At the end of the regular season, the top 72 players of the PGA Champions Tour compete in the Charles Schwab Cup playoffs — a three-event series. The second tournament in the series is the Invesco QQQ Championship, played at the beautiful Sherwood Country Club in Southern California. Only the top 36 of the final 54 players in the field proceed from this event to the final event that determines the winner of the championship. Thus, only the best remain to play by the end of the year-long season. So, it is interesting to see how these senior golfers fare, with respect to their performance and the injuries they sustain because of either over-use or poor mechanics.
But how can Tour professionals possibly have “poor mechanics”? Very easily. In most sports it is assumed that highly-skilled athletes merely have over-use injuries, while less skilled players have poor-mechanics injuries. Injuries are caused by many factors, including mechanical loads, which are associated with specific positions that all golfers can get into.
For instance, low back pain is the most commonly seen injury among golfers. The lumbar, or lowest part of the spine, has a design that allows from an upright posture, 50° of forward bend, 16° of side bend and only 8° of rotation (as seen in a study on a group of 30-year old males).
During the golf swing, Lindsay, Horton and Payley (2002) studied 44 young male professional golfers and found that the golfers of their study bent forward by a maximum of 46° with the driver and 51° with a 7-iron, on average – just within the maximum amount of forward bend that younger people are capable of. Trail-side bend during the downswing is greater, on average, than 25° for both clubs (more than the 16° that typical young people are capable of) and rotation towards target is greater, on average, than 40° for both clubs, while the lumbar spine can only rotate 8° in each direction!
The golfers of the PGA Champions Tour are much older and thus their movement capabilities are probably much smaller. Moreover, in general, forward bend (especially at address), side bend, and the X-Factor (the difference between the rotation of the shoulder compared to that of the pelvis) are known to cause lumbar spine injury in golfers.
Two very fine PGA Champions Tour players who participated in the Invesco QQQ event are Jay Haas and David McKenzie, and both have had episodes of back pain. Both Haas and McKenzie have similar swings, with respect to the causative factors of low back pain. They both have considerable forward bend of the lumbar spine (Haas perhaps has more) at address (Lindsay and Horton, 2002, found that golfers with low back pain had, on average, forward spinal tilt at address that was 12° greater than those without pain). Then they make a mostly-arms backswing, moving only the upper chest, while the pelvis does not rotate much at all (termed an X-Factor position, a risk-factor for low back pain).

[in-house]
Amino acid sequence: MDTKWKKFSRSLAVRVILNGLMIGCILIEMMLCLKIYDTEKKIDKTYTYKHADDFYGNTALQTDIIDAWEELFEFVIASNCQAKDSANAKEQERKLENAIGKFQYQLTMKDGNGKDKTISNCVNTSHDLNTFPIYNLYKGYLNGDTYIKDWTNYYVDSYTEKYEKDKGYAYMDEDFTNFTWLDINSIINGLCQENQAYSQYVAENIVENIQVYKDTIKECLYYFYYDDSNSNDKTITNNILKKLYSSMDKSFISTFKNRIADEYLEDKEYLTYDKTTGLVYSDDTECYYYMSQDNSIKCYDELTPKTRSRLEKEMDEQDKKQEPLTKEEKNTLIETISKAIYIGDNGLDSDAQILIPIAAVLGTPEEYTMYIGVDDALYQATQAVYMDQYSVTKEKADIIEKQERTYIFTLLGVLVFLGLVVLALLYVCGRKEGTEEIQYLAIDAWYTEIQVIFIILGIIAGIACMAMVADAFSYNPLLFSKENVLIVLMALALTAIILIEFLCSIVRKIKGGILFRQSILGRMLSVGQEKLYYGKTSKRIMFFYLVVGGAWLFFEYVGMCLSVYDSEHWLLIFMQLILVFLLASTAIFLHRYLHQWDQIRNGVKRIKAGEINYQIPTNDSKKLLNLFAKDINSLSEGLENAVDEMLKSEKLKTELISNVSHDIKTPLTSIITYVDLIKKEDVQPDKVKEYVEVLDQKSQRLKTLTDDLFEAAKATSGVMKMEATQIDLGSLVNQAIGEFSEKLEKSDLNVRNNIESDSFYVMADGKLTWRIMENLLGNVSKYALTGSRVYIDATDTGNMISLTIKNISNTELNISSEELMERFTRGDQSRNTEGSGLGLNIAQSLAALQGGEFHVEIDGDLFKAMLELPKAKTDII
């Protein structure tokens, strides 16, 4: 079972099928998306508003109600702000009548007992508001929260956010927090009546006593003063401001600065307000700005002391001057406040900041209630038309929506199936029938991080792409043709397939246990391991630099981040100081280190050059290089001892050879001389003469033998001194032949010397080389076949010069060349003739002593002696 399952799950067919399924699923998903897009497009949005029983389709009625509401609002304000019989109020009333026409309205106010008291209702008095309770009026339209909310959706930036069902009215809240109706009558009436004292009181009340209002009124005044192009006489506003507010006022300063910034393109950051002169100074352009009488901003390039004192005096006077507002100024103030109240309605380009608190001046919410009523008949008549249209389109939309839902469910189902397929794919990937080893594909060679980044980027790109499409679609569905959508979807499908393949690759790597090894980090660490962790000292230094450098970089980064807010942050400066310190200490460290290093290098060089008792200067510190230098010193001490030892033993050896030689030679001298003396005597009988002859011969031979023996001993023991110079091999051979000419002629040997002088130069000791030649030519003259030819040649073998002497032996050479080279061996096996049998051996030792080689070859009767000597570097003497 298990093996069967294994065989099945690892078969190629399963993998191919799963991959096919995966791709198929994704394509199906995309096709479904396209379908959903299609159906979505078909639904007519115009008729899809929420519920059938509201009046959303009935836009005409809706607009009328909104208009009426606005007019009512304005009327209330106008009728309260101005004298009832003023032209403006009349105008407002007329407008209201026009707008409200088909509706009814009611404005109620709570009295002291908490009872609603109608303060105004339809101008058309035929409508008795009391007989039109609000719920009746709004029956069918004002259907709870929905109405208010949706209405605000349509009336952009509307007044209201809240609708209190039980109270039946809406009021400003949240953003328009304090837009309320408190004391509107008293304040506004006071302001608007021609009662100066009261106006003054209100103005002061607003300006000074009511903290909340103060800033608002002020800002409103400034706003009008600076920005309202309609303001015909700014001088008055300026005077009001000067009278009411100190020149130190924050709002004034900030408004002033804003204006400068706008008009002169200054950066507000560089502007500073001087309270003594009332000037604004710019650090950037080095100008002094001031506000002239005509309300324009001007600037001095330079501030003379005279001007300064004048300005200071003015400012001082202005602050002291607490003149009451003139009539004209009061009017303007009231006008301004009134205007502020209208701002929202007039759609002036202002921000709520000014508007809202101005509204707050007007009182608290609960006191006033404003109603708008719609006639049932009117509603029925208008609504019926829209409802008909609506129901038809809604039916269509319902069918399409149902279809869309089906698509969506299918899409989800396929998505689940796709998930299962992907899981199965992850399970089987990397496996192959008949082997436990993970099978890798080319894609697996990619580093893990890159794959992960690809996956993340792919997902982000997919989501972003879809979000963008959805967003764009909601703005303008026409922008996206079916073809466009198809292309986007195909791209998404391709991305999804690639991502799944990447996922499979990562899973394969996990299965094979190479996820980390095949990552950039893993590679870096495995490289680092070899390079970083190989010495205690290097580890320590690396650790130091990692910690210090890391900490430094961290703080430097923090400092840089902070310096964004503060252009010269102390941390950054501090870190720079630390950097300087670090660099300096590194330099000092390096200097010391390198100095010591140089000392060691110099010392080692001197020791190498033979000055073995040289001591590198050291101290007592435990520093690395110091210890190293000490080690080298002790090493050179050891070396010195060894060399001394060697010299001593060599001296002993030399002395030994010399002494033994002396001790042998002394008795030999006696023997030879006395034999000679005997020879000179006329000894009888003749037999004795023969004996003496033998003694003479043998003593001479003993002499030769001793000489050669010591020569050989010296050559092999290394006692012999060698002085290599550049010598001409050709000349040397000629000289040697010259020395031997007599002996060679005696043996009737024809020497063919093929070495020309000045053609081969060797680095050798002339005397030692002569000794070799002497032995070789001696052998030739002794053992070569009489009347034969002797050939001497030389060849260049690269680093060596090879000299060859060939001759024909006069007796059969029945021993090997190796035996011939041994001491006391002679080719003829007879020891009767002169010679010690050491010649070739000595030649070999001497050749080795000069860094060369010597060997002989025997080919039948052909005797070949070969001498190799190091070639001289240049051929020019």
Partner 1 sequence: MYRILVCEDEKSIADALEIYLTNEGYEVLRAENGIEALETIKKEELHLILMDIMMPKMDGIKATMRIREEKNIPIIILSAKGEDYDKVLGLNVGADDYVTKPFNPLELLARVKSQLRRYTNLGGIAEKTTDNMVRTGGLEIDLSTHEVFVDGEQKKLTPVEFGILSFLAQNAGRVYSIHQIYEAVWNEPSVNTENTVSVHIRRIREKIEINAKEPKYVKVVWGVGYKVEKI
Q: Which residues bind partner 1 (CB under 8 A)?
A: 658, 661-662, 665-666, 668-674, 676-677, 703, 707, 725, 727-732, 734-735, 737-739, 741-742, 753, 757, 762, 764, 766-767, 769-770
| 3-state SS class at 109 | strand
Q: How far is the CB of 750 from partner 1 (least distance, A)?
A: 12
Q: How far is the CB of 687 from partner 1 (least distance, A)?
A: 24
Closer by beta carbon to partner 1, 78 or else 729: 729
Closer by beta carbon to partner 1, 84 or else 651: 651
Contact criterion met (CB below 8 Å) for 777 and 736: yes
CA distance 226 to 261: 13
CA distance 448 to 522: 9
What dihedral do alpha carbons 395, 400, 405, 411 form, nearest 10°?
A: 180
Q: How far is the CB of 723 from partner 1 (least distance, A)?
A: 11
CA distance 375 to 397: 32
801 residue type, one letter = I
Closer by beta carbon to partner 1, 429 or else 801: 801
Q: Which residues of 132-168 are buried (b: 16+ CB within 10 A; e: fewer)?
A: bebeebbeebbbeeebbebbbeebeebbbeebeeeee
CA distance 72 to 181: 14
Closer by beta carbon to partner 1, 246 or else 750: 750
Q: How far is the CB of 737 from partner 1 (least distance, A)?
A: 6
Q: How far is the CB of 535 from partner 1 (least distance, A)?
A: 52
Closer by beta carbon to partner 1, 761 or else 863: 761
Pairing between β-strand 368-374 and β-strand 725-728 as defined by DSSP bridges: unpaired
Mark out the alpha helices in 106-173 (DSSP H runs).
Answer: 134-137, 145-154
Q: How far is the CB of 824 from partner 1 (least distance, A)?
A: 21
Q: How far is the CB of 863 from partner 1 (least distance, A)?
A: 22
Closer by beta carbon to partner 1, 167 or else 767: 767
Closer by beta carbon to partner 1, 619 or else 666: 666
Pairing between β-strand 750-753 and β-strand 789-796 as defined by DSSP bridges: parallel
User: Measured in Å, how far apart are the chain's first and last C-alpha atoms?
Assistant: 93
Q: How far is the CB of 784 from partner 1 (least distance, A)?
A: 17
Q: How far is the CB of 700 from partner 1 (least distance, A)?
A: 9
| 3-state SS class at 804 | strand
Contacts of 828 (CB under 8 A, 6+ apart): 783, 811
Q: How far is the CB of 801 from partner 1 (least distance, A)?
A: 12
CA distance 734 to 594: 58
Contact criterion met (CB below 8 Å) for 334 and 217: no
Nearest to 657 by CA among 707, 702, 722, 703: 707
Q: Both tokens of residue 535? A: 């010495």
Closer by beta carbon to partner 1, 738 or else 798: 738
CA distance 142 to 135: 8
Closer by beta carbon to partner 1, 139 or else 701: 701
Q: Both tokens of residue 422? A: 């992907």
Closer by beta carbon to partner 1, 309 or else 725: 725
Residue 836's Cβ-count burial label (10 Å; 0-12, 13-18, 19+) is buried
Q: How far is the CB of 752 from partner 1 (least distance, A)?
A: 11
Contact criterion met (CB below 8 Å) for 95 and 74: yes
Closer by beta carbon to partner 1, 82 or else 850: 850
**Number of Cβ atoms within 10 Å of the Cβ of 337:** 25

The main backswing movement besides that of the arms is that the lead-side knee, hip and shoulder drop downwards. Thus, the trail hip is much higher than the lead one at the top of the backswing. So, both golfers drop their bodies vertically downwards to level the hips in order to facilitate torso rotation, which can only take place when the hips are level with one another (because the muscles that rotate the hip joint are able to pull in a horizontal direction only). After torso rotation begins, the trail arm has to help deliver the club to the ball, and to achieve that, the trail side bends to a considerable extent. As described earlier, all of those movements are risk factors for low back pain.
While there are, of course, many ways to treat low back pain, some swing changes can be of preventative value. Moreover, injury and performance are two sides of the same coin, so that a swing change that places important joints, such as the lumbar spine, in better positions might benefit both. Why not make a swing change that might improve performance and also reduce the loads on the lumbar (lower) spine? How would that work? Golfers would stand more upright at address. They would have a movement that keeps the pelvis level at all times. Also, they’d keep the trail side of the body lower than the lead side during the backswing, so that the trunk does not have to side-bend excessively during the downswing. One swing that does just that is called the Minimalist Golf Swing.